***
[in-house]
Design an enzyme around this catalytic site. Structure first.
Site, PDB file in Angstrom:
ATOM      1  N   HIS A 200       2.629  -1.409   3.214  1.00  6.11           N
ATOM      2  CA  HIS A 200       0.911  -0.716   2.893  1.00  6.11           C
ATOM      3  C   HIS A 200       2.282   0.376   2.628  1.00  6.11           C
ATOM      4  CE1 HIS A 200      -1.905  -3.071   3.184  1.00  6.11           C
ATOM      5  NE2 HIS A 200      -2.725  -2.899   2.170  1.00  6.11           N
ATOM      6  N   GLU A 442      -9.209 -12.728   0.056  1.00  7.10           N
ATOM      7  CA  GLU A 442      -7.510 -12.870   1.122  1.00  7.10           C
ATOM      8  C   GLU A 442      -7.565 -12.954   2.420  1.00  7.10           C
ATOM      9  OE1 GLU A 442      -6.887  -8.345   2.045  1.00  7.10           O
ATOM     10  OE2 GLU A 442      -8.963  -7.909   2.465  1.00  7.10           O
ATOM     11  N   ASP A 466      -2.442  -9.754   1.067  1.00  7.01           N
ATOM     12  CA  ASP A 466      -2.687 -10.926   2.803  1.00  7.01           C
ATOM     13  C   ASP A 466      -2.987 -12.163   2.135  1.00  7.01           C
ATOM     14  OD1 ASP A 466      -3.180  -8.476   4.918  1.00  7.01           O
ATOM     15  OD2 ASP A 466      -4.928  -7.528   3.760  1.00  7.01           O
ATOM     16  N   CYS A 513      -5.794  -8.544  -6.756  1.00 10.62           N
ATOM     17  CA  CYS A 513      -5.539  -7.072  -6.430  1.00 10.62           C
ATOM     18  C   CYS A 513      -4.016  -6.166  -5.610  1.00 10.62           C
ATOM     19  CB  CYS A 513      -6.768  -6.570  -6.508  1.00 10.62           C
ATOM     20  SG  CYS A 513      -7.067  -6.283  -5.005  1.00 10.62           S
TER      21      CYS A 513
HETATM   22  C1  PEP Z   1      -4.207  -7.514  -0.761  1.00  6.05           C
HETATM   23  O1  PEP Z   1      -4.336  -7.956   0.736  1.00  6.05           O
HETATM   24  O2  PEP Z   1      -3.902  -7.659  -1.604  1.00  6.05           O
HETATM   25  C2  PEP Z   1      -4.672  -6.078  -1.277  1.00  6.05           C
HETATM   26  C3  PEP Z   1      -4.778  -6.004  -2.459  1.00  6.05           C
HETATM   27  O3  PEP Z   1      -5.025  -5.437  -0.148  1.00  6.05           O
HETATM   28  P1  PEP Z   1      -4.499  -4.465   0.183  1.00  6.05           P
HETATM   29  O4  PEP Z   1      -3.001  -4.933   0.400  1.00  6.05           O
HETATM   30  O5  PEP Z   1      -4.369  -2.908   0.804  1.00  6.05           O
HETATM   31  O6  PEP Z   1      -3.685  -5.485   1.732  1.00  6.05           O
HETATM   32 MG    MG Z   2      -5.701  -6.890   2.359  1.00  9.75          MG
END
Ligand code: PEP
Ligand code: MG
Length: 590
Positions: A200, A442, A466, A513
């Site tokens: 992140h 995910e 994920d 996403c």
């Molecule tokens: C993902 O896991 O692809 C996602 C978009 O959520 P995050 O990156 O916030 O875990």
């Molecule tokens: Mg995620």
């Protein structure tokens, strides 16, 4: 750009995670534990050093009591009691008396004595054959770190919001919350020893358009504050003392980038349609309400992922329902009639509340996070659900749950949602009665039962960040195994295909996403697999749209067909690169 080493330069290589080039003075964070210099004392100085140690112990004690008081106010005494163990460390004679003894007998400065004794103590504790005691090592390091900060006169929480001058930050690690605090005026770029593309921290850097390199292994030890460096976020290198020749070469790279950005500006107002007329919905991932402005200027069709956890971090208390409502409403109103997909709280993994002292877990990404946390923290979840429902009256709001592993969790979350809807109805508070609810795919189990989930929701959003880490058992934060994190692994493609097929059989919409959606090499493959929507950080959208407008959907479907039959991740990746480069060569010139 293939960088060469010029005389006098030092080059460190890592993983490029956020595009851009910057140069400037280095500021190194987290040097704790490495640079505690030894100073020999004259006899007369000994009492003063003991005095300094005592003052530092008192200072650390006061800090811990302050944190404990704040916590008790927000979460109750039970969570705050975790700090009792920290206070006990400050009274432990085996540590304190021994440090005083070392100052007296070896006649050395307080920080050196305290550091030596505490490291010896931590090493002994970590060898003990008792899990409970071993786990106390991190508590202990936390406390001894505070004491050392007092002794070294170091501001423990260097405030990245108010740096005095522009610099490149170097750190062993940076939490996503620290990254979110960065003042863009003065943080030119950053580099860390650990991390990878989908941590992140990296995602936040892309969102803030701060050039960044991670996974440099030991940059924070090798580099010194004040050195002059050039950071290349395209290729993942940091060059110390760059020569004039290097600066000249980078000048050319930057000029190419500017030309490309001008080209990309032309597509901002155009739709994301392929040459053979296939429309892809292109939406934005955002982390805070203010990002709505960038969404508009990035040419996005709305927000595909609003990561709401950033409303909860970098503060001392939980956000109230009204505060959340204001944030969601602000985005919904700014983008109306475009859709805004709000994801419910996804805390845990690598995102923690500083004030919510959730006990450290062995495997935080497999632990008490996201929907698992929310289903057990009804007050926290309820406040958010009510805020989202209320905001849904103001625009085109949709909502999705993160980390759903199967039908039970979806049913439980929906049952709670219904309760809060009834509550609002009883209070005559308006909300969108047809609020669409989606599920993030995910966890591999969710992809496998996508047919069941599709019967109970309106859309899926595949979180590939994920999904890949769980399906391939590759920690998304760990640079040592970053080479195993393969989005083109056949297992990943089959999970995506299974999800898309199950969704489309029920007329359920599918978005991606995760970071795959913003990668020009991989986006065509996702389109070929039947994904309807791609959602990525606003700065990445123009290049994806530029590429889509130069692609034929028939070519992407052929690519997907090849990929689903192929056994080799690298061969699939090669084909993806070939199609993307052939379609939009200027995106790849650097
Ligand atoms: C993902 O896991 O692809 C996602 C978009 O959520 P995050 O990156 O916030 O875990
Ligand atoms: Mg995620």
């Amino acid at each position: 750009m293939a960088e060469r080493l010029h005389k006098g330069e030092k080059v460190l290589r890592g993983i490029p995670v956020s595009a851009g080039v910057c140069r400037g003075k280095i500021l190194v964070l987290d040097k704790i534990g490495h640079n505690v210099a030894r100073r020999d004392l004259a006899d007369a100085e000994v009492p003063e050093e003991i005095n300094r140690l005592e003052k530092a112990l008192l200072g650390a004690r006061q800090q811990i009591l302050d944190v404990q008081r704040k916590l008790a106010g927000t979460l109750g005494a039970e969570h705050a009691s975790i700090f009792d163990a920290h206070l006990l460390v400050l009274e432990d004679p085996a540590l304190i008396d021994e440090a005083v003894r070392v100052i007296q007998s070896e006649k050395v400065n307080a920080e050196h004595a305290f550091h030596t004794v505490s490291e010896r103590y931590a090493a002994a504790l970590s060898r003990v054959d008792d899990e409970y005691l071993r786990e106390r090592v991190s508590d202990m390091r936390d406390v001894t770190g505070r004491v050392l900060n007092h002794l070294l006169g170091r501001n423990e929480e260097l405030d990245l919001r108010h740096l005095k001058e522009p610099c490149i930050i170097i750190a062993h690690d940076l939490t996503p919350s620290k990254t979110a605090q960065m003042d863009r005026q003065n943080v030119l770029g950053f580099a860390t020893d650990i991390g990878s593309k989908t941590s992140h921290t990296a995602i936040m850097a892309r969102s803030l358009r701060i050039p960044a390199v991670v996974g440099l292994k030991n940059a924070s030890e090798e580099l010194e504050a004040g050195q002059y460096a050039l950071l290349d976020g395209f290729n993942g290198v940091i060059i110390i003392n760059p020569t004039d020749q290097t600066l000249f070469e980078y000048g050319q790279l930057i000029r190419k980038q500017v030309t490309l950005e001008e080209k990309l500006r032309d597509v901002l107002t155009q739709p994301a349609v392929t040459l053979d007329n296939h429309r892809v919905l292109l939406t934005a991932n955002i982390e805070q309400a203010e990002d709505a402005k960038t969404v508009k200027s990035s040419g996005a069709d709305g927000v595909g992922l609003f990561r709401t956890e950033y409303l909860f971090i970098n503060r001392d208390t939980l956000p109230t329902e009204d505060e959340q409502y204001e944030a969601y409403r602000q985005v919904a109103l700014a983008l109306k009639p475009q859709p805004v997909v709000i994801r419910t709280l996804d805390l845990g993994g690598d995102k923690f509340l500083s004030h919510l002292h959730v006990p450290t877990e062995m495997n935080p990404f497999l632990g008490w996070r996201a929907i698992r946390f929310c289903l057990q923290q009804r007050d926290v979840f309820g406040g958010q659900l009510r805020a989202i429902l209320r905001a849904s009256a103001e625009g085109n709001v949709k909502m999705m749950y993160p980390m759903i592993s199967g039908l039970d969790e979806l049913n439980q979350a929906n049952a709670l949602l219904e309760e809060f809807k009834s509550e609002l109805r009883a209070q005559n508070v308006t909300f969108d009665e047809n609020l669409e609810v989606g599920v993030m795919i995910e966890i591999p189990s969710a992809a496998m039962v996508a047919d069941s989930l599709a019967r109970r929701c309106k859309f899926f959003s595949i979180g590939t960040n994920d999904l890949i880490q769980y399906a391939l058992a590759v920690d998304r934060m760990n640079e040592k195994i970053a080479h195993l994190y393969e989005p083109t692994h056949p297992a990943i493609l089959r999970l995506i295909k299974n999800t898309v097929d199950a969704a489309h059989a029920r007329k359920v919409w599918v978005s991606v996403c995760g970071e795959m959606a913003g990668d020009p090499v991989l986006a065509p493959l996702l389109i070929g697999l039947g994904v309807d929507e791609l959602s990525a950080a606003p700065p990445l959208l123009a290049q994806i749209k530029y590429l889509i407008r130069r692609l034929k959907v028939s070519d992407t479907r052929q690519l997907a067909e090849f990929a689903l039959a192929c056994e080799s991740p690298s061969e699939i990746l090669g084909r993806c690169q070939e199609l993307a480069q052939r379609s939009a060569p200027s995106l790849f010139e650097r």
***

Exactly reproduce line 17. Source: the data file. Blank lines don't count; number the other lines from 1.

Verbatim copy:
ATOM     14  OD1 ASP A 466      -3.180  -8.476   4.918  1.00  7.01           O